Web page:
©Lynn Johnson/National Geographic
  • "Healing Our Soldiers" images are from the February, 2015 issue of <a href="http://www.nationalgeographic.com/healing-soldiers/" target="external">National Geographic magazine</a>. Army Staff Sgt. Perry Hopman, who served in Iraq from 2006-2008, confronts the battery of medications he takes daily for blast-force injuries he sustained while treating soldiers as a flight medic. "I know my name, but I don't know the man who used to back up that name."
    ©Lynn Johnson/National Geographic
  • Brain injuries caused by blast events change soldiers in ways many can't articulate. Some use art therapy, creating painted masks to express how they feel.
    ©Rebecca Hale/National Geographic
  • Tiffany H., as she prefers to be known, was "blown up" while helping women in a remote Afghan village earn additional income for their families. Memory loss, balance difficulties, and anxiety are among her many symptoms.
    ©Lynn Johnson/National Geographic
  • A soldier's mask is painted with words like hope, stress, anger, and IED.
    ©Rebecca Hale/National Geographic
  • Marine Cpl. Chris McNair, retired, who served in Afghanistan from 2011-2012, sits on the porch of his parents' home in Virginia. He says he was inspired after seeing an image of Hannibal Lecter's mask from "Silence of the Lambs."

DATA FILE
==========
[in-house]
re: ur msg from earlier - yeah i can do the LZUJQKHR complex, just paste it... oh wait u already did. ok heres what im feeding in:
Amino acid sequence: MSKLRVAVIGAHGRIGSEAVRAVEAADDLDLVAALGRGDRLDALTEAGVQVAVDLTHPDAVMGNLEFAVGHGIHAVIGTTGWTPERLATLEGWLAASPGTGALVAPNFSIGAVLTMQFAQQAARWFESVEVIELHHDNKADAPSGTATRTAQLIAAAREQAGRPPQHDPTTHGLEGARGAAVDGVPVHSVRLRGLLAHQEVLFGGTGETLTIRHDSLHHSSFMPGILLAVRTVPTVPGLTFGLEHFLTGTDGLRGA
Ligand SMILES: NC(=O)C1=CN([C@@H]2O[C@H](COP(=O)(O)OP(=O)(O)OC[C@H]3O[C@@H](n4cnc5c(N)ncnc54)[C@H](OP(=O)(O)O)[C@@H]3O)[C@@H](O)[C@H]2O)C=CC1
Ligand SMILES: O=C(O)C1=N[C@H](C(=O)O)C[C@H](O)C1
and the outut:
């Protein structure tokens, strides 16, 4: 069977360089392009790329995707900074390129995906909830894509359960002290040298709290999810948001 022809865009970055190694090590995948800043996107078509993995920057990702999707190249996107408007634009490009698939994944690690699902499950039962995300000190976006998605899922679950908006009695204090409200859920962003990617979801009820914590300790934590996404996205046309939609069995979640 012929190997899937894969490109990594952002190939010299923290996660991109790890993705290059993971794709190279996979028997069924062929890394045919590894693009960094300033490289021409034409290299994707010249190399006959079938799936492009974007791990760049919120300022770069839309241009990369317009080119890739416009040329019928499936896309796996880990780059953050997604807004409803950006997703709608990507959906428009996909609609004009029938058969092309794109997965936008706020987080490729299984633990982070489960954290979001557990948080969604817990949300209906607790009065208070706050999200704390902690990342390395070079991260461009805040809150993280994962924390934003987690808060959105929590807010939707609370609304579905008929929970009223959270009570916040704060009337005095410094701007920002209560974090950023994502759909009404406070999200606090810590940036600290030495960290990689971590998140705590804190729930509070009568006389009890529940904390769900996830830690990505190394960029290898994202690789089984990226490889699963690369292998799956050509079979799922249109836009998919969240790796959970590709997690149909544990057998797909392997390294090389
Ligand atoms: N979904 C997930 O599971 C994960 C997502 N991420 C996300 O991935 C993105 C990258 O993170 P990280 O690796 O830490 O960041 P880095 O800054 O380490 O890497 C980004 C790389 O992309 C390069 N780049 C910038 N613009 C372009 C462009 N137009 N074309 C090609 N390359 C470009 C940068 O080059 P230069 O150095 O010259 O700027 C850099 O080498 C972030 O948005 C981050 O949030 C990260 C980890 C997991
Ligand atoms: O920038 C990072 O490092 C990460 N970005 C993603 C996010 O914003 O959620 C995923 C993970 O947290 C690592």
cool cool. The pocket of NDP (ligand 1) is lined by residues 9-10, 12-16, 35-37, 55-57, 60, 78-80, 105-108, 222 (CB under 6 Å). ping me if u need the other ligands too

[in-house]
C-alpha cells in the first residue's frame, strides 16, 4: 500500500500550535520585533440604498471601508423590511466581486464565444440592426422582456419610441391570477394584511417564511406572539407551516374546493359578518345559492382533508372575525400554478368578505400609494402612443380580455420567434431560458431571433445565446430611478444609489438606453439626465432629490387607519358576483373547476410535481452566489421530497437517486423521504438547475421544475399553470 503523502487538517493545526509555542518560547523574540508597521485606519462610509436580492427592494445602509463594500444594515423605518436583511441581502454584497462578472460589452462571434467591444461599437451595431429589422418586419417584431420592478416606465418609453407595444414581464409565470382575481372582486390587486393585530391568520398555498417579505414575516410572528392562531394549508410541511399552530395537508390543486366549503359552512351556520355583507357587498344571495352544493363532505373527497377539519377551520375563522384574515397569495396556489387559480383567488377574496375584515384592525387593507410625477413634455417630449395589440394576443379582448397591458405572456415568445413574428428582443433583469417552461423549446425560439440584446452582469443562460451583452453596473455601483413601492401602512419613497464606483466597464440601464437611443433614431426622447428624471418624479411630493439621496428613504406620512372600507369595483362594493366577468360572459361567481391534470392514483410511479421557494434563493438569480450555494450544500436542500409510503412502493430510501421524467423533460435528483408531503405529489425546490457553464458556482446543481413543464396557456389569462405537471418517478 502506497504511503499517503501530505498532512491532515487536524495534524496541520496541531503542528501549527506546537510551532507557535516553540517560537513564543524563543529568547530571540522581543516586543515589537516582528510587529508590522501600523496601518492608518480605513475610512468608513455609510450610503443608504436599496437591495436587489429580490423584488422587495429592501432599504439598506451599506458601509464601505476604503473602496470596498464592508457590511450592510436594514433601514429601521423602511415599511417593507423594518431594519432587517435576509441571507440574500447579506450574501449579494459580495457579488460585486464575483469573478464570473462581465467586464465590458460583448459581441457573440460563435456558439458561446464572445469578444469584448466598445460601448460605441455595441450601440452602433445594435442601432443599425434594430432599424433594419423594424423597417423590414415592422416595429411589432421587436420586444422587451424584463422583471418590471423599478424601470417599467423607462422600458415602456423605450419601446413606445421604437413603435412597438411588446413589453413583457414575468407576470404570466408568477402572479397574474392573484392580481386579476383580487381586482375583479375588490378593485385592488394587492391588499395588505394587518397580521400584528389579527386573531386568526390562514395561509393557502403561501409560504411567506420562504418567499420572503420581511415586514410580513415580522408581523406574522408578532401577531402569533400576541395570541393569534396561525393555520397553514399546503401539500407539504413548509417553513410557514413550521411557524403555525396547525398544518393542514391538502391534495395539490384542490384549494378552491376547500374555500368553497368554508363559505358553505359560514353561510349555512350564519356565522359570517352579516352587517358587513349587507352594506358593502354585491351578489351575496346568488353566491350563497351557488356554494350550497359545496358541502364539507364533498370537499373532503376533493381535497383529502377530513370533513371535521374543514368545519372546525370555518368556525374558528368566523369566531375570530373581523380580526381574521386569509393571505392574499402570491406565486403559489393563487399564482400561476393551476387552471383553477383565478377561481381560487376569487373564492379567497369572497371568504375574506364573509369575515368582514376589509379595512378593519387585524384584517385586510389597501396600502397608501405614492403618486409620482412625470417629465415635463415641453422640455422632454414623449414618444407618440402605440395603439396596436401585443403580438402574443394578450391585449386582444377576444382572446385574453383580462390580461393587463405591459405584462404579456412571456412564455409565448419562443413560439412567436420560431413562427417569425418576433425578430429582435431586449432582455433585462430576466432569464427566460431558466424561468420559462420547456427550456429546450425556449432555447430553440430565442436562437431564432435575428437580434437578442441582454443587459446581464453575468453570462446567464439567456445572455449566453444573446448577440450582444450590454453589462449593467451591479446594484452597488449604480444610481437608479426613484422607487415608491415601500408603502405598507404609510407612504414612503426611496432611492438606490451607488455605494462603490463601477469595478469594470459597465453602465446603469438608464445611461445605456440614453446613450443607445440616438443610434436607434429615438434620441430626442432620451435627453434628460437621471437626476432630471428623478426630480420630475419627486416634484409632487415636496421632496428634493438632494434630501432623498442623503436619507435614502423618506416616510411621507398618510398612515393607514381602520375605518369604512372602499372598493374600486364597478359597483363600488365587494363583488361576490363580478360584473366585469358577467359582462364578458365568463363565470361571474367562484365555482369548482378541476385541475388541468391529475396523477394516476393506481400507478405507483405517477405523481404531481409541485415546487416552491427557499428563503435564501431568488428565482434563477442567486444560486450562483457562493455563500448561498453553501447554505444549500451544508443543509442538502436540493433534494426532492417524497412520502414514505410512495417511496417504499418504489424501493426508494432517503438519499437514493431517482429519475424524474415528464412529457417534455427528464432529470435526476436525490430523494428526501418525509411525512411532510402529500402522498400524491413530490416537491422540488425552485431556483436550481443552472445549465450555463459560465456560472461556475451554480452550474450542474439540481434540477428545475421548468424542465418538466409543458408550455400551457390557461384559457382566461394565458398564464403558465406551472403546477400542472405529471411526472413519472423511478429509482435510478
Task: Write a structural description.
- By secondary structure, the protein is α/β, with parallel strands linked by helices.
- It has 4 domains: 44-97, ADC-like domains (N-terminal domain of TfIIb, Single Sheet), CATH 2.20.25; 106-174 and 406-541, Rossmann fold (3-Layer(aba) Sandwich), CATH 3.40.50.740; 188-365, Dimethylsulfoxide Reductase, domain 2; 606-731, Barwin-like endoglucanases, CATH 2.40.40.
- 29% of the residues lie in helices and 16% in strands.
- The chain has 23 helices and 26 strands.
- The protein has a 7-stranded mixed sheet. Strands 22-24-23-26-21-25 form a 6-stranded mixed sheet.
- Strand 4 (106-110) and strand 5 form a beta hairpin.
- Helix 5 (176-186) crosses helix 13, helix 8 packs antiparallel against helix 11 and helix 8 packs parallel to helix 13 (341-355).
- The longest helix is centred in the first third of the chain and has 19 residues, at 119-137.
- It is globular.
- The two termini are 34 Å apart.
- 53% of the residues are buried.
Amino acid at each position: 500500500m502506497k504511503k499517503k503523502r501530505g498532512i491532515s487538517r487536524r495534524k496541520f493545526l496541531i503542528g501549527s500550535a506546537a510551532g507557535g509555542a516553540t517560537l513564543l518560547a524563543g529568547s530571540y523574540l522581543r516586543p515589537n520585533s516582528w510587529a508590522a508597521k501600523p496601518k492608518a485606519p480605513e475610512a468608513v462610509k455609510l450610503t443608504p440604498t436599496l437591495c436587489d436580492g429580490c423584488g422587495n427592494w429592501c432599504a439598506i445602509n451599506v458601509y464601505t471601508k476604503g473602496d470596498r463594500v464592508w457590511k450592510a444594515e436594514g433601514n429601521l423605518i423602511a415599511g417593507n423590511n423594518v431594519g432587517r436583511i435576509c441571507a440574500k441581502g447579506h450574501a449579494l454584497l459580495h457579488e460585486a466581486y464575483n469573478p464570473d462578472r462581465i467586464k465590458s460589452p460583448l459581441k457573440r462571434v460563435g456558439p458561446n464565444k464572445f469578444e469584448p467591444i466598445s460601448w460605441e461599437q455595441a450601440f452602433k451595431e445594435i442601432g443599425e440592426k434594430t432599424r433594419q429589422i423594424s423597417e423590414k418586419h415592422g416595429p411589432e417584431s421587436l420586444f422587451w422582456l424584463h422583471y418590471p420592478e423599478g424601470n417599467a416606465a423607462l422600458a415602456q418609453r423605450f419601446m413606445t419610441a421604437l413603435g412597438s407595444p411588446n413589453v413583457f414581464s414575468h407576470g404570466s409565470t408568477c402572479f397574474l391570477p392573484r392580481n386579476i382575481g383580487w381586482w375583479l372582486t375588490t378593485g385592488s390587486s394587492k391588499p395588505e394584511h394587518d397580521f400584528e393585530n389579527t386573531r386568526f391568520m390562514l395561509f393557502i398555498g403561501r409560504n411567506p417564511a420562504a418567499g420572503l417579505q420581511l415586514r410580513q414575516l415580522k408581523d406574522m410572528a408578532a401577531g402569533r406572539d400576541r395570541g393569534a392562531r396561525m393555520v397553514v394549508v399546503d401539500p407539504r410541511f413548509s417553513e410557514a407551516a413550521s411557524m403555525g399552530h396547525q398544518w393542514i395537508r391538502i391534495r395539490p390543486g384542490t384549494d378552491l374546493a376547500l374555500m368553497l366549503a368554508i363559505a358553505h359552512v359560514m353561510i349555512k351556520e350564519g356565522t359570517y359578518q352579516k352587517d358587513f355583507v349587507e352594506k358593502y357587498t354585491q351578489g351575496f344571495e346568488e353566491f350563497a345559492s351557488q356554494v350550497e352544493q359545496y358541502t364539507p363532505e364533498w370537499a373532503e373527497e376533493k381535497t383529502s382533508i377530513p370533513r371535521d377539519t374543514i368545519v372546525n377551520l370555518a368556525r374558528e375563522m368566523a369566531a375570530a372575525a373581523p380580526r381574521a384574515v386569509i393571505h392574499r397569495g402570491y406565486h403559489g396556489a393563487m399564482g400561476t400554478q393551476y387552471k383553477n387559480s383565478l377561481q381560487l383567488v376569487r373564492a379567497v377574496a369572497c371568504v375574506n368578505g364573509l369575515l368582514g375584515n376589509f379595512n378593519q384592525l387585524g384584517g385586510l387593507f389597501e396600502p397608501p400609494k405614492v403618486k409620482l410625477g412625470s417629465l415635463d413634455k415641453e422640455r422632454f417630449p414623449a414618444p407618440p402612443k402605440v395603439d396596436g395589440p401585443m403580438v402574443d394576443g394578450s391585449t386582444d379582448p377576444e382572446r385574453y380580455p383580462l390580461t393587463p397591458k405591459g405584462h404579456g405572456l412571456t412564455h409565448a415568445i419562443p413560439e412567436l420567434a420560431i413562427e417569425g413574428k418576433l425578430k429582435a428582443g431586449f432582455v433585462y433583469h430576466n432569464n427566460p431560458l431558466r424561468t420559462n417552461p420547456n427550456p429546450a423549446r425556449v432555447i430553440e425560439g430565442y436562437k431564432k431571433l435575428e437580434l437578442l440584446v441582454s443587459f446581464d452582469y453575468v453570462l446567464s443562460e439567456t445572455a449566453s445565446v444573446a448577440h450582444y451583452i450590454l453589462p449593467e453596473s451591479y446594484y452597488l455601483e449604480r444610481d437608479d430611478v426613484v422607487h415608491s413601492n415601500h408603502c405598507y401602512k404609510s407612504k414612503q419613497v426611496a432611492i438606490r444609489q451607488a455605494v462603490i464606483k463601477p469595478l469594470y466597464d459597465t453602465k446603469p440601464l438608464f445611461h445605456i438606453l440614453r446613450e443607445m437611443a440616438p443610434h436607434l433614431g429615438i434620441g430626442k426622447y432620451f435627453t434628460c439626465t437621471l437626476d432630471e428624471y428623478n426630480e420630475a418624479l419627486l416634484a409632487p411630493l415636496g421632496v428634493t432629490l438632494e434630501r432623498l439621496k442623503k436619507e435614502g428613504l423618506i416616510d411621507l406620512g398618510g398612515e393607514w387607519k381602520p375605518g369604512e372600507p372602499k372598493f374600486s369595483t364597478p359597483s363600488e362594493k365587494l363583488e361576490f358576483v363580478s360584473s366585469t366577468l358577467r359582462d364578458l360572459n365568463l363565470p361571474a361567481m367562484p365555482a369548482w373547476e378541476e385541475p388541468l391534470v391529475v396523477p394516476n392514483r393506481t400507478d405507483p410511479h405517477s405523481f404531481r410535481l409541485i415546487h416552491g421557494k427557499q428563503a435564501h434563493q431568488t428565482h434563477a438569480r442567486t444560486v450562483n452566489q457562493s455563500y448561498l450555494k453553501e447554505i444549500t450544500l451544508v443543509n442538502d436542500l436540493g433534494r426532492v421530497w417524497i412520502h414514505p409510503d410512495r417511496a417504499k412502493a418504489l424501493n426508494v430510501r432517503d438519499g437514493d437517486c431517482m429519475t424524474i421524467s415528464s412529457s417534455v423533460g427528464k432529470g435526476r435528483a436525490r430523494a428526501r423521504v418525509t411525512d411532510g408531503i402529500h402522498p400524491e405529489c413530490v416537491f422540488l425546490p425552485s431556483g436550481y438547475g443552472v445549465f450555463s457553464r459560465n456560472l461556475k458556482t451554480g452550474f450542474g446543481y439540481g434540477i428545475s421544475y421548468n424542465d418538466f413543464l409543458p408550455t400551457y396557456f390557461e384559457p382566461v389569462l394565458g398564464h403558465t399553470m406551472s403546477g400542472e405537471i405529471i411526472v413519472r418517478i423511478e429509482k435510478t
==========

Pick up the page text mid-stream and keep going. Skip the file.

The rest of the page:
©Lynn Johnson/National Geographic
  • A soldier's mask is painted red and riddled with pins.
    ©Rebecca Hale/National Geographic
  • Air Force Staff Sgt. Robert "Bo" Wester, retired, served in Iraq and Afghanistan. Suiting up before attempting ordnance disposal "is the last line. There's no one else to call ... It's the person and the IED ... and if a mistake is made at that point, then death is almost certain."
    ©Lynn Johnson/National Geographic
  • A soldier's mask is illustrated with wounds to the face and head.
    ©Rebecca Hale/National Geographic
  • "Healing Our Soldiers" will be featured in the February, 2015 issue of <a href="http://www.nationalgeographic.com/healing-soldiers/" target="external">National Geographic magazine</a>.
    ©Lynn Johnson/National Geographic
  • According to the Department of Defense, "Traumatic brain injury is one of the invisible wounds of war, and one of the signature injuries of troops wounded in Afghanistan and Iraq."
    ©Rebecca Hale/National Geographic
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